Introduction: The physical properties of proton beam radiation may offer advantages for treating patients with non-small-cell lung cancer (NSCLC). However, its utility for the treatment of medically inoperable stage I NSCLC patients with stereotactic body radiation therapy (SBRT) is unknown.
Methods: Outcomes for patients with medically inoperable stage I NSCLC treated with proton SBRT were retrospectively analyzed. Proton SBRT was selected as the treatment modality based on pulmonary comorbidities (n = 5), prior chest radiation or/and multiple primary tumors (n = 7), or other reasons (n = 3). Treatments were administered using 2 to 3 proton beams. Treatment toxicity was scored according to common toxicity criteria for adverse events version 4 criteria.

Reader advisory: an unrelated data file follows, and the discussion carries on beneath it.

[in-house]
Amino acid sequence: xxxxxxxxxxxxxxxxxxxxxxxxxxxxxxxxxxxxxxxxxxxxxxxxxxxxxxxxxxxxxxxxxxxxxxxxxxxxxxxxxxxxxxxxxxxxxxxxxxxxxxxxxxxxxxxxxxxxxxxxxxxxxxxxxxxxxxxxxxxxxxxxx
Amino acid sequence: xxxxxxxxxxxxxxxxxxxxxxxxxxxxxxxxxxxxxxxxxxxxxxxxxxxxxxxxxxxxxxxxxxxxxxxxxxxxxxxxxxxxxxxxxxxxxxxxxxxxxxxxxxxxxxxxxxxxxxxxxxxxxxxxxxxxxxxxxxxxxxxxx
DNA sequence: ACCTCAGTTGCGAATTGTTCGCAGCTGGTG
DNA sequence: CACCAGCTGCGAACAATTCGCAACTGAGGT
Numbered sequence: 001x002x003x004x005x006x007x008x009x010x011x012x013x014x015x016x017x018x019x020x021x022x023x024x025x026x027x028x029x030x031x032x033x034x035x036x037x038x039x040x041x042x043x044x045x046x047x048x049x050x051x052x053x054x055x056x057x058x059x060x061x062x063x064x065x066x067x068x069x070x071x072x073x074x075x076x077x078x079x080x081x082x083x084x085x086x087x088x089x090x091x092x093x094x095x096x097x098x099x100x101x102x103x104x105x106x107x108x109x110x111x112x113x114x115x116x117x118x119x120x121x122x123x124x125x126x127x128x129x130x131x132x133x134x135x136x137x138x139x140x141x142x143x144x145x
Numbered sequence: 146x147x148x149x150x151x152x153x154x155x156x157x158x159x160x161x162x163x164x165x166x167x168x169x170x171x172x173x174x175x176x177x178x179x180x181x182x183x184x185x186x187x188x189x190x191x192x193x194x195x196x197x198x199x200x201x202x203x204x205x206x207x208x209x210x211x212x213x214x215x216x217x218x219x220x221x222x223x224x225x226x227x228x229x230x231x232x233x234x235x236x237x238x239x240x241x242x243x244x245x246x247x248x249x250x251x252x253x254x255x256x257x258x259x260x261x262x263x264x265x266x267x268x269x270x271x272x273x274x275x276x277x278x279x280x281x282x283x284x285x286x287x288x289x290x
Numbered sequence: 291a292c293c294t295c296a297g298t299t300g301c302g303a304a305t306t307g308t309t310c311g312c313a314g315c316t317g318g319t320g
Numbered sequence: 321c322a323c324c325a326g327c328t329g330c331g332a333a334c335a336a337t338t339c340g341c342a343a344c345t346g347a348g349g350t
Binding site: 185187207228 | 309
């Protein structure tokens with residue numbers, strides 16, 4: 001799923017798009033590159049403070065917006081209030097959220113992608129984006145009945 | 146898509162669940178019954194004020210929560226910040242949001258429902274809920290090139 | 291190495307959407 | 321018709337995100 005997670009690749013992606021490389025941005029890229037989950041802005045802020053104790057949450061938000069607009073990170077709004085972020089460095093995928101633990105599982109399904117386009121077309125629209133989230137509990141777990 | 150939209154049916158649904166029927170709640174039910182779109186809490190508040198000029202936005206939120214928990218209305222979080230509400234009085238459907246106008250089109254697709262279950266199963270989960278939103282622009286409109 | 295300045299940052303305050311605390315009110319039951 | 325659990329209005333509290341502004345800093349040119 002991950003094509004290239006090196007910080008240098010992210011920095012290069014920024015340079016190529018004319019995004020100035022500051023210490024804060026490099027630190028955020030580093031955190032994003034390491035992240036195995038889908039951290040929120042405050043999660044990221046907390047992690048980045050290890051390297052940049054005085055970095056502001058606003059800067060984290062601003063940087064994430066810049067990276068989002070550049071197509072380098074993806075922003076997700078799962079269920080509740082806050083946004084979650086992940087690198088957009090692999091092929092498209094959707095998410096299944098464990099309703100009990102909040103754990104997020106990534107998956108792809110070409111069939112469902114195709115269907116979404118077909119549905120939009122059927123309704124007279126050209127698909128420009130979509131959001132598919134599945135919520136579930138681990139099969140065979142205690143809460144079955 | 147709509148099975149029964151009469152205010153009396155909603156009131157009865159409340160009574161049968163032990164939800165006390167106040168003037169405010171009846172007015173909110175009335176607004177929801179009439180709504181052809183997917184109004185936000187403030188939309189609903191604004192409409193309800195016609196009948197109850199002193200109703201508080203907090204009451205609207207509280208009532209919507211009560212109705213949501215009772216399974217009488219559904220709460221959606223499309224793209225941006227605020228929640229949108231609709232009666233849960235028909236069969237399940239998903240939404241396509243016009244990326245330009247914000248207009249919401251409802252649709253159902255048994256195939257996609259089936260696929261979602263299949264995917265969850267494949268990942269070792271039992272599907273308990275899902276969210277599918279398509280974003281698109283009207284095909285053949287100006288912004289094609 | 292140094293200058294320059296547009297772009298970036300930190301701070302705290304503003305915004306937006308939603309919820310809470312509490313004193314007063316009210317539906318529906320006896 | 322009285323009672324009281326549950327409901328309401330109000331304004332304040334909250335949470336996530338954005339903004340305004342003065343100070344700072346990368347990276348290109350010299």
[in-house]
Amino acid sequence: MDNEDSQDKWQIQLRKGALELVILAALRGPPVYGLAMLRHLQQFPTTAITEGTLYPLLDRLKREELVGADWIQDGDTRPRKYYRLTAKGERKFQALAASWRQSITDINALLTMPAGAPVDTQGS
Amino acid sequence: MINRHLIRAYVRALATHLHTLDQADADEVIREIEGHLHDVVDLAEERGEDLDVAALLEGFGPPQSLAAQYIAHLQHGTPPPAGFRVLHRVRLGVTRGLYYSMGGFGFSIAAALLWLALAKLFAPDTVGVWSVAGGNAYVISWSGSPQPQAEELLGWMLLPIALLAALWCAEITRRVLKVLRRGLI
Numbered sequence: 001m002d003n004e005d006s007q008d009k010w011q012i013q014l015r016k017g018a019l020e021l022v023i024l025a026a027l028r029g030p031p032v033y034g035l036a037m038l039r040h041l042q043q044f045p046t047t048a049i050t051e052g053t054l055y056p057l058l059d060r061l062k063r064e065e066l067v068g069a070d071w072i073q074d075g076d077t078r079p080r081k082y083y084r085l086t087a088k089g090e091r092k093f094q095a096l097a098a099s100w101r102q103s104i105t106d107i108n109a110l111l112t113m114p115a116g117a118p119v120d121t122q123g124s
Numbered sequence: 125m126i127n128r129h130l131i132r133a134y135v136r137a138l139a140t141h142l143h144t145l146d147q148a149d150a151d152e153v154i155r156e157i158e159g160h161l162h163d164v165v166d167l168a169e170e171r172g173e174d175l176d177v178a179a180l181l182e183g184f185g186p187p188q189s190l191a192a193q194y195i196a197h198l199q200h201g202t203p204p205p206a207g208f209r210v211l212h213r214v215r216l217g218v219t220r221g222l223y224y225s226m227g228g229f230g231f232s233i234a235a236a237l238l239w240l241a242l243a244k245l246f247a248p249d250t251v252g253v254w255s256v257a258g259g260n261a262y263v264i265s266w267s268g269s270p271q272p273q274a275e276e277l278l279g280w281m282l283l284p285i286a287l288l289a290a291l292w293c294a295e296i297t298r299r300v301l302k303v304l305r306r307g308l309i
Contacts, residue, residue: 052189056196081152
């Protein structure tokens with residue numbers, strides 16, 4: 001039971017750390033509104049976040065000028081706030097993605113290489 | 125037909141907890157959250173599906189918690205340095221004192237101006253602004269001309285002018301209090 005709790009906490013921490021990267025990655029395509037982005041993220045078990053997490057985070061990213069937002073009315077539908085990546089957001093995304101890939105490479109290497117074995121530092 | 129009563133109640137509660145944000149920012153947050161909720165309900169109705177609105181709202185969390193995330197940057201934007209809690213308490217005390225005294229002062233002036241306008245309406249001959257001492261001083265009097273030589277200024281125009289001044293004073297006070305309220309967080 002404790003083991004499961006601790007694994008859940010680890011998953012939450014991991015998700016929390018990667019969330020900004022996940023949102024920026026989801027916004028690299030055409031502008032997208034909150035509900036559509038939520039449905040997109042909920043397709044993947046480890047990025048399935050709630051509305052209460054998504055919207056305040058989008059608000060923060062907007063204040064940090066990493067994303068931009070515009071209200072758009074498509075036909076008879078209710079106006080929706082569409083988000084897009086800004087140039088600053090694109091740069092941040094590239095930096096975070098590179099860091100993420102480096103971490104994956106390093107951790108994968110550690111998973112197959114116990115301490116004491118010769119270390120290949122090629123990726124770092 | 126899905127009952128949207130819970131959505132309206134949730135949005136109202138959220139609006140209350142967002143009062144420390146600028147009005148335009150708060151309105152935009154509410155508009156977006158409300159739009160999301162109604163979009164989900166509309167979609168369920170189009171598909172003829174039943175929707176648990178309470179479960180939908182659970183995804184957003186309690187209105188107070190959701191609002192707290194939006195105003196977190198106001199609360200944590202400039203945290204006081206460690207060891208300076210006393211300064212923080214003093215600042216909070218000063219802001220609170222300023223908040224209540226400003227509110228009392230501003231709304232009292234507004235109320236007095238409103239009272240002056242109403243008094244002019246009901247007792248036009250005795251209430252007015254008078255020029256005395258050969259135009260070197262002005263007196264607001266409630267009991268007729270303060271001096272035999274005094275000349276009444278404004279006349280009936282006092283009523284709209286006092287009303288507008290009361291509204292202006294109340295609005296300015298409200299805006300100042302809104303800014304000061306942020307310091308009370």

Results: Fifteen consecutive patients and 20 tumors were treated with proton SBRT to 42 to 50 Gy(relative biological effectiveness) in 3 to 5 fractions between July 2008 and September 2010. Treatments were well tolerated with only one case of grade 2 fatigue, one case of grade 2 dermatitis, three cases of rib fracture (maximum grade 2), and one case of grade 3 pneumonitis in a patient with severe chronic obstructive pulmonary disease. With a median follow-up of 24.1 months, 2-year overall survival and local control rates were 64% (95% confidence limits, 34%-83%) and 100% (83%-100%), respectively.
Conclusions: We conclude that proton SBRT is effective and well tolerated in this unfavorable group of patients. Prospective clinical trials testing the utility of proton SBRT in stage I NSCLC are warranted.